Many of my first appointments in the cancer world were just a blur. I would sit, terrified, in these sterile clinic rooms wanting something to focus on besides the fact that a doctor would come through the door at any moment and throw some scary words out there. Words like aggressive and invasive, radiation and reconstruction.
The breast cancer clinic had given me a giant binder of information – information that was divided into areas of medical practice, not the areas of experience that I was about to live through.
I asked an oncology nurse for a brochure that shows the overall roadmap, like an organizational chart for cancer treatment. I needed something I could quickly reference to see where I’m going and be prepared. The nurse smiled and chuckled and said that this would be a good project to work on while I’m off work for treatment.
I relayed this cliché to my new feisty BFF (breasts friends forever), Melanie. We talked a lot about how hard it is for patients to understand the roles different doctors play and what their respective expertise is. Melanie perfectly corroborated my need for a roadmap!
We critiqued the current state of breast cancer treatment as very problematic – breast cancer patients are making quick decisions, life-changing decisions, without the benefit of clarity of the options and knowledge of the procedures.
At some point during this conversation, Melanie asked me why I had not had a skin-sparing mastectomy. The floor fell out from under me. It was a hard moment for both of us. I had had a mastectomy, but not a skin-sparing mastectomy. I had never even heard of a skin-sparing mastectomy until that very moment. My own situation was a perfect example of what we had been talking about.
In that moment, I was faced with the reality that my surgeon made a surgical decision about my case that was based on factors like hospital scheduling. It was not driven by an understanding of all of the options and consultation with the patient. What was missing in my situation is called informed consent. It’s also called respect for personal choices and agency. Bottom line, had my surgeon used the words ‘skin-sparing’ I may have made a different choice. By withholding this information, I feel that my agency was compromised.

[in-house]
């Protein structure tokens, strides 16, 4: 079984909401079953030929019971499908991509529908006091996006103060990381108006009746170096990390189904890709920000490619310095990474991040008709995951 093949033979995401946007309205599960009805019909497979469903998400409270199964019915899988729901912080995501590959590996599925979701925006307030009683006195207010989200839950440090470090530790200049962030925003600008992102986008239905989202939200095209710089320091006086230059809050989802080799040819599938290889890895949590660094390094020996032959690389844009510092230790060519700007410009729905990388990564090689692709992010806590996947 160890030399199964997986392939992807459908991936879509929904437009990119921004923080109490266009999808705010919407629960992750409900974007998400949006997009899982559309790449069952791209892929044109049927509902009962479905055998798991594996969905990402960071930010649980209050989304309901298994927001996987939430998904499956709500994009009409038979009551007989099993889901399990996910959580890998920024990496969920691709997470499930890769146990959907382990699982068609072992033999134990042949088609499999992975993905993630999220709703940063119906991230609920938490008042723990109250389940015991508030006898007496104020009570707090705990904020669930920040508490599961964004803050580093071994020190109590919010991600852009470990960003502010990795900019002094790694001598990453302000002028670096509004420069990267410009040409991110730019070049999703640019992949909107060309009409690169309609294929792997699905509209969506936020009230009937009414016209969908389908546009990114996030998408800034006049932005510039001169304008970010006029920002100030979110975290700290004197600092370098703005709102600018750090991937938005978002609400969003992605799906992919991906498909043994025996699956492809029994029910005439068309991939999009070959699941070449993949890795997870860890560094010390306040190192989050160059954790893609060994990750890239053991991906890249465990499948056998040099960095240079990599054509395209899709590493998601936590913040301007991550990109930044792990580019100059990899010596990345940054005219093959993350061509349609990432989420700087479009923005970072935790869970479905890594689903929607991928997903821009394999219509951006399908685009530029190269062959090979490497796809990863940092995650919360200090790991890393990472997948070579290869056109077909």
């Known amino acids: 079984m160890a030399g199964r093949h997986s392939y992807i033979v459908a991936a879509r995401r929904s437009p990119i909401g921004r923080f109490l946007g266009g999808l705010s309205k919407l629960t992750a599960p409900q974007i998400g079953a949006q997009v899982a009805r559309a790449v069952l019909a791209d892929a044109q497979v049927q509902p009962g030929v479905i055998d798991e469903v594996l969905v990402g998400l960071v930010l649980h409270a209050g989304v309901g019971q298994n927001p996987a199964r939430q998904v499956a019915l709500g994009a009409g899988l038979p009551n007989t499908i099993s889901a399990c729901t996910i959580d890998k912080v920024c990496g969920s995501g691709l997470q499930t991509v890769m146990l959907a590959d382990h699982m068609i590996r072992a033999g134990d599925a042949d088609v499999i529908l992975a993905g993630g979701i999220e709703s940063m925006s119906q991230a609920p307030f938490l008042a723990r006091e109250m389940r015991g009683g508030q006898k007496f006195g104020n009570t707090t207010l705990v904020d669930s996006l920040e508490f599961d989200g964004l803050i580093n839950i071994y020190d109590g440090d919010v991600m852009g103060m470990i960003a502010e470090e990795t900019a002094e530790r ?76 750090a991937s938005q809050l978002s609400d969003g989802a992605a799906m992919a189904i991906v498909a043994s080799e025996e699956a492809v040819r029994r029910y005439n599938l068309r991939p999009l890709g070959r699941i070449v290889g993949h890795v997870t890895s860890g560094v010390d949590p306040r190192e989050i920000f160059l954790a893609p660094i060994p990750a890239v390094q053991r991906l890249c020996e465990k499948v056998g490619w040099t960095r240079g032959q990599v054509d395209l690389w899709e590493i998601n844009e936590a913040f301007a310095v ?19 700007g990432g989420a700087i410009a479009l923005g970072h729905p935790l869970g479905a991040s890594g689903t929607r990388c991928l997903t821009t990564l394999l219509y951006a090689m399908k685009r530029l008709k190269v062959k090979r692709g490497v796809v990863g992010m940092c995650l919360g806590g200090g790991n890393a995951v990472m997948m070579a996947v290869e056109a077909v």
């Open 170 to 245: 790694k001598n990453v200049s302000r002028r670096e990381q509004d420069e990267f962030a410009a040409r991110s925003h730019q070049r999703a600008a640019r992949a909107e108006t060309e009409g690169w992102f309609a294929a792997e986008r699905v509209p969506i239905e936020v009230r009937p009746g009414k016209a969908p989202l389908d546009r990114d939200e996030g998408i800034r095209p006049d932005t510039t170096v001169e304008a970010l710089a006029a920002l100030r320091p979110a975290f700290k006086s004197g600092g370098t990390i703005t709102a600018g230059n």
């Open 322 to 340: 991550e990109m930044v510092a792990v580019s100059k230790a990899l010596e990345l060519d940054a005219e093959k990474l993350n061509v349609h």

Good thing I had my feisty cancer friend Melanie, and a strong sense of fellowship with the women who are making these decisions about their care every day.
We vowed to do something about this situation. We were set on making some lemonade out of lemons.
Melanie and I decided to create a roadmap – which we ultimately called the “Decision Trees” – for future patients. We co-founded a labour of love – an organization we called Be the Choice – that blossomed into this amazing organization of dedicated volunteers.
I had the privilege of co-authoring the Decision Tree content with an international team of exceptional medical professionals whose generosity of time and knowledge were an inspiration. During this time Melanie tirelessly advocated our cause publicly, institutionally, and developed the community and resources to support the work.
These beautiful Decision Trees took over four years to grow and taught me so much about the healing powers of patient-centered, community-based knowledge.
What we have created is that roadmap I couldn’t find when I first began my journey in the cancer world. Instead of a brochure, however, it’s a lovely, easy-to-navigate web-based tool you can use on your phone, iPad, tablet or computer. We hope medical doctors everywhere will share the Trees with their own patients and support patient decision making. Informed conversations are essential to patient empowerment and thriving while in treatment. It’s vital that patient values and voice lead treatment choices.
By using the Decision Trees you will see how procedures are related to one another and which doctor is associated with each treatment. For example, did you know that the same medical oncologist that prescribes chemo might also be prescribing hormone therapy a few months or years later, and this person is different from a radiation oncologist? Or, that there may be two or three different surgeons involved in any individual case? Just keeping doctors straight can get confusing!
My hope is that this decision tool that was lovingly squeezed out of something sour by two survivors and an incredible team of volunteer doctors, researchers, patients, practitioners, teachers, social scientists, artists and the breast cancer community, will help breast cancer patients, their friends and family understand the bigger picture of a breast cancer diagnosis.